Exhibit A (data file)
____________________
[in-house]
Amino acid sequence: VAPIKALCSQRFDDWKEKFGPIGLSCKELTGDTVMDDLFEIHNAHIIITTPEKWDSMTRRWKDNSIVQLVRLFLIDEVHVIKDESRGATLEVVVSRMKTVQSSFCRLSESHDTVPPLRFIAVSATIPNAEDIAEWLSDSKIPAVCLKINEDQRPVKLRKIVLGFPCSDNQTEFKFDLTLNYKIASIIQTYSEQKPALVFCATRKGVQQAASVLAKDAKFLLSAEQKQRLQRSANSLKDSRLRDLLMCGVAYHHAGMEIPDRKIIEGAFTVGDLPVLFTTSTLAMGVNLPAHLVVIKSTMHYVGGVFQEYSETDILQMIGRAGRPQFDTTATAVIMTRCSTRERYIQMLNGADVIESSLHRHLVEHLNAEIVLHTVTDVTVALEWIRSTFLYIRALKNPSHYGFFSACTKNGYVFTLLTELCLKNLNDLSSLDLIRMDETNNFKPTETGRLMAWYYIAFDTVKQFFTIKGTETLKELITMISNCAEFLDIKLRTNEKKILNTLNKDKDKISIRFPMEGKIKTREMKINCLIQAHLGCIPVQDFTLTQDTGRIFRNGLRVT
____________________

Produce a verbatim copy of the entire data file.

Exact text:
[in-house]
Amino acid sequence: VAPIKALCSQRFDDWKEKFGPIGLSCKELTGDTVMDDLFEIHNAHIIITTPEKWDSMTRRWKDNSIVQLVRLFLIDEVHVIKDESRGATLEVVVSRMKTVQSSFCRLSESHDTVPPLRFIAVSATIPNAEDIAEWLSDSKIPAVCLKINEDQRPVKLRKIVLGFPCSDNQTEFKFDLTLNYKIASIIQTYSEQKPALVFCATRKGVQQAASVLAKDAKFLLSAEQKQRLQRSANSLKDSRLRDLLMCGVAYHHAGMEIPDRKIIEGAFTVGDLPVLFTTSTLAMGVNLPAHLVVIKSTMHYVGGVFQEYSETDILQMIGRAGRPQFDTTATAVIMTRCSTRERYIQMLNGADVIESSLHRHLVEHLNAEIVLHTVTDVTVALEWIRSTFLYIRALKNPSHYGFFSACTKNGYVFTLLTELCLKNLNDLSSLDLIRMDETNNFKPTETGRLMAWYYIAFDTVKQFFTIKGTETLKELITMISNCAEFLDIKLRTNEKKILNTLNKDKDKISIRFPMEGKIKTREMKINCLIQAHLGCIPVQDFTLTQDTGRIFRNGLRVT